Kava farming, a promising career path
While kava farming is not a typical career choice for youth in Fiji, its high profitability is garnering interest among young people, particularly in rural areas, to establish careers as small-scale commercial farmers.
In Kadavu, one of Fiji’s major kava growing areas, Usaia Sausauwainivalu, the farm manager at Vunisea Secondary School, is encouraging school leavers to consider kava farming as a potential career pathway.
Mr Sausauwainivalu oversees the operations of the school farm, utilised by over 300 agriculture students.
Last year, he initiated a practical field project which taught students about kava cultivation and now the school has over 700 kava plants on its farm, among other crops and vegetables.
He said the idea to create a kava plot was birthed after attending a kava value chain analysis workshop in Suva, organised by Fiji’s Ministry of Agriculture and the Australia and New Zealand supported Pacific Horticultural and Agricultural Market Access (PHAMA) Program, now known as PHAMA Plus.
“After I attended the training, I presented the learnings to the principal. It inspired the principal and he asked me to conduct kava farming awareness to students as an alternative career path,” he said.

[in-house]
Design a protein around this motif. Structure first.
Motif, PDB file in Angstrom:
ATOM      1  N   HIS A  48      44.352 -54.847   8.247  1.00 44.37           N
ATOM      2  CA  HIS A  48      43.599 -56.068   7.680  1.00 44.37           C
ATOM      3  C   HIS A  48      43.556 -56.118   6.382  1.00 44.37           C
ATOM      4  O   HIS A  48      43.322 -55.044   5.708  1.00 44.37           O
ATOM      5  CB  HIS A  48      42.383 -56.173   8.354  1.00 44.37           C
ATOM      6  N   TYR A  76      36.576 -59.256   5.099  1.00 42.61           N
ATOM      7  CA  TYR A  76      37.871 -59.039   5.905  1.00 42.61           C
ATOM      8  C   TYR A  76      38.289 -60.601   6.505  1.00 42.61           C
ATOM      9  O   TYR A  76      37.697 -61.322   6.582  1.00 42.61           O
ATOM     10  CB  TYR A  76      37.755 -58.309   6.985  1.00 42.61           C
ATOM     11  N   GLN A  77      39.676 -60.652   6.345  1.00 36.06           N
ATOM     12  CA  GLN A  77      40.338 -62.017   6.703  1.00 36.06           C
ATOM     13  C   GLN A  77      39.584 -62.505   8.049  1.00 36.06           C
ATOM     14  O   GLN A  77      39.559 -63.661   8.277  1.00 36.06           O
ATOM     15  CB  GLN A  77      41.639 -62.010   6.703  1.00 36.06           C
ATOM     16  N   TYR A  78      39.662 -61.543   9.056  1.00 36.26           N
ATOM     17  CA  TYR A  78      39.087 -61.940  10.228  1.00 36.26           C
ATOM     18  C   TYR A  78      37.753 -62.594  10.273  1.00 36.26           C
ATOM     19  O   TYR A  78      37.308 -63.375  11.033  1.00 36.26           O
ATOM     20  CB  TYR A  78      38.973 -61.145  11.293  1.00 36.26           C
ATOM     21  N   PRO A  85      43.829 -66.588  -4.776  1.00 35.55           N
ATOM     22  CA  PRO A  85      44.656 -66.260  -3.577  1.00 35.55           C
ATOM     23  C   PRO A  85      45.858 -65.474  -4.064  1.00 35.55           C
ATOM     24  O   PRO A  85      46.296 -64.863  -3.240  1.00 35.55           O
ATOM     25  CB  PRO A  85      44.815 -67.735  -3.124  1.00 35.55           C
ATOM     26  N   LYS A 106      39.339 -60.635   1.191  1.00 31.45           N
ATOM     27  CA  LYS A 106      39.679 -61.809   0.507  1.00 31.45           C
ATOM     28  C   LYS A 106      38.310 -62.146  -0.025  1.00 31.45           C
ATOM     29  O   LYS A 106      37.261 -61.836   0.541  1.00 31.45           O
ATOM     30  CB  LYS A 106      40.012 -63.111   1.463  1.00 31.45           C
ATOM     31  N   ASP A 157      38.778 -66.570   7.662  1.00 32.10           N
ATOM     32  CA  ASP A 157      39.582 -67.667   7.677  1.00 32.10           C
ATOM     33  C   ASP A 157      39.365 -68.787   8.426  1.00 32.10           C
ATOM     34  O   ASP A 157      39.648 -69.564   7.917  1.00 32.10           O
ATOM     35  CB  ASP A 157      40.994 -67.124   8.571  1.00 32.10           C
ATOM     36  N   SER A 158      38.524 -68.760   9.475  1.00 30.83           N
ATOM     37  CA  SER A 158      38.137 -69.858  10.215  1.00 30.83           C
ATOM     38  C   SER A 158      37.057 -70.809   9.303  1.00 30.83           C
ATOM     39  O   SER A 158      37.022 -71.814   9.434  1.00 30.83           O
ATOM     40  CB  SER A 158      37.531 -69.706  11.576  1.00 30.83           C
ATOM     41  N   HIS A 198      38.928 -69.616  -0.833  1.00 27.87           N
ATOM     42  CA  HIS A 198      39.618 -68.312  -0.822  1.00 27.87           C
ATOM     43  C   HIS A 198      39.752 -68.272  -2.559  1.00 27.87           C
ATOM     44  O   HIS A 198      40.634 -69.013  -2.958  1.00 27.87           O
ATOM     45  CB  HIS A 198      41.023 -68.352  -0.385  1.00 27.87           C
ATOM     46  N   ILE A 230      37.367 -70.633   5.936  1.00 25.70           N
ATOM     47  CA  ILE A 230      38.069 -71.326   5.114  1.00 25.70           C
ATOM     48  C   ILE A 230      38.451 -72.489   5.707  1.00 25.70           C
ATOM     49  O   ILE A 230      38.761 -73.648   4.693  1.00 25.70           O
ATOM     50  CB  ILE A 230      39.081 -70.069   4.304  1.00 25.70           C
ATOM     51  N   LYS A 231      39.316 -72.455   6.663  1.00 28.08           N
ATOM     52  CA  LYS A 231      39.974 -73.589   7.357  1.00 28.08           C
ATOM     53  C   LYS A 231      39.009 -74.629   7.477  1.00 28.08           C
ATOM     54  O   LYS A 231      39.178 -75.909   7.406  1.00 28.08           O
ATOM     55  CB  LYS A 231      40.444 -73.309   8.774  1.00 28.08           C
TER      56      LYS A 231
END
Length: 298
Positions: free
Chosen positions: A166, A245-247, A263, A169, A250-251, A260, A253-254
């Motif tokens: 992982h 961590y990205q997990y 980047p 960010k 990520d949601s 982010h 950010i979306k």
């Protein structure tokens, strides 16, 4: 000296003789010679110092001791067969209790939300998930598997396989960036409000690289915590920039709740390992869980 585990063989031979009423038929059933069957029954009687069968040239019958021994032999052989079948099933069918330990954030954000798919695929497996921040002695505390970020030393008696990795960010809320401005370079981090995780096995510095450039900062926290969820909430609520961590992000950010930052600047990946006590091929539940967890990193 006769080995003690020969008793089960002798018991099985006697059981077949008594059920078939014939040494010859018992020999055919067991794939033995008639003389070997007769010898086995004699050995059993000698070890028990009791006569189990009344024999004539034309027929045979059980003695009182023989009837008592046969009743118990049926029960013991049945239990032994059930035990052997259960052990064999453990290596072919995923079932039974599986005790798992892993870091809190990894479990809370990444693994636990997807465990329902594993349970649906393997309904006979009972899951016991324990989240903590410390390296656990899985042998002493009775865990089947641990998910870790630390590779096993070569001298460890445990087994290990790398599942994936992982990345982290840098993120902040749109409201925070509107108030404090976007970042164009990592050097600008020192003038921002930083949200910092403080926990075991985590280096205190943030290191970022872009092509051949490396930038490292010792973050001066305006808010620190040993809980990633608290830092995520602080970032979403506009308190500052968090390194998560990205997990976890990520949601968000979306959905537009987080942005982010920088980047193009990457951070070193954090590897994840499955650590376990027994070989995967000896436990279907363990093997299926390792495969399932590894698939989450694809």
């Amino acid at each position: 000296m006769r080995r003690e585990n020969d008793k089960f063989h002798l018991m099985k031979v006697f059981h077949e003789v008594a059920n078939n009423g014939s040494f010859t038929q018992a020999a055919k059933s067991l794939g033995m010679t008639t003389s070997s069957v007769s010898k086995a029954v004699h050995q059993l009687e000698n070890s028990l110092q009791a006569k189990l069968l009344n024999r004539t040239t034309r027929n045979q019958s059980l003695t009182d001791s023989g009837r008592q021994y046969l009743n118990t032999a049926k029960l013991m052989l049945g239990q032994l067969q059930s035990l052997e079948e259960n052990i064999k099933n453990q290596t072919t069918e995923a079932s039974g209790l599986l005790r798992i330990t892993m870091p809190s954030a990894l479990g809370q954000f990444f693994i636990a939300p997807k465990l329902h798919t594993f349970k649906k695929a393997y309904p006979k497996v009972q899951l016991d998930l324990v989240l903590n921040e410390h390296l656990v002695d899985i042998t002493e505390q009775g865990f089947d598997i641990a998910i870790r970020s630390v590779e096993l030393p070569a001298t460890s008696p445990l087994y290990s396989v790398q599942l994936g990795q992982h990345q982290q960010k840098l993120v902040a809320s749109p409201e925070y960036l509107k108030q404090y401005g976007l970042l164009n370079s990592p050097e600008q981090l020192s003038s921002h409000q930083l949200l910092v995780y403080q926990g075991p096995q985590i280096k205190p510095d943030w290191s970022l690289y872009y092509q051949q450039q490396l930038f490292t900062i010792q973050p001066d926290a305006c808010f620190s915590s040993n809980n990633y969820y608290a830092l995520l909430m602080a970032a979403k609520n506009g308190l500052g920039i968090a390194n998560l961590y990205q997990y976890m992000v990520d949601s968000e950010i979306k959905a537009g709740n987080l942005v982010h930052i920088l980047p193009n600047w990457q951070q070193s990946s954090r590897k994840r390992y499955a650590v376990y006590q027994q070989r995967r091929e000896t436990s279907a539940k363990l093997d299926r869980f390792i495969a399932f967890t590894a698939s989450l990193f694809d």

“Many have shown interest in taking kava farming as a career path after high school, as they know the financial benefits of kava. Most of the students on the island are not new to it as most come from kava farming families in Kadavu. Some even own kava farms.”
A kava farmer himself, Mr Sausauwainivalu was among stakeholders who received the Fiji Kava Quality Manual distributed during the workshop. The manual was developed to better equip farmers with the relevant information to advance at domestic, regional and international levels.
“The Kava Quality Manual is very informative in that it has helped us identify the different kava varieties, particularly the characteristics and the different names unique to a particular growing area,” Mr Sausauwainivalu said.
He also took the opportunity to tell students about the importance of maintaining quality, discipline, commitment and proper planning in their farms to in order to remain sustainable in the long run.
“Wake up in the morning, tend to your farm, set goals and work towards it. If you are farming without goals, it will be a waste of time.”
He hopes that the practical field project will lay the foundations for students to consider kava farming as a career after secondary school.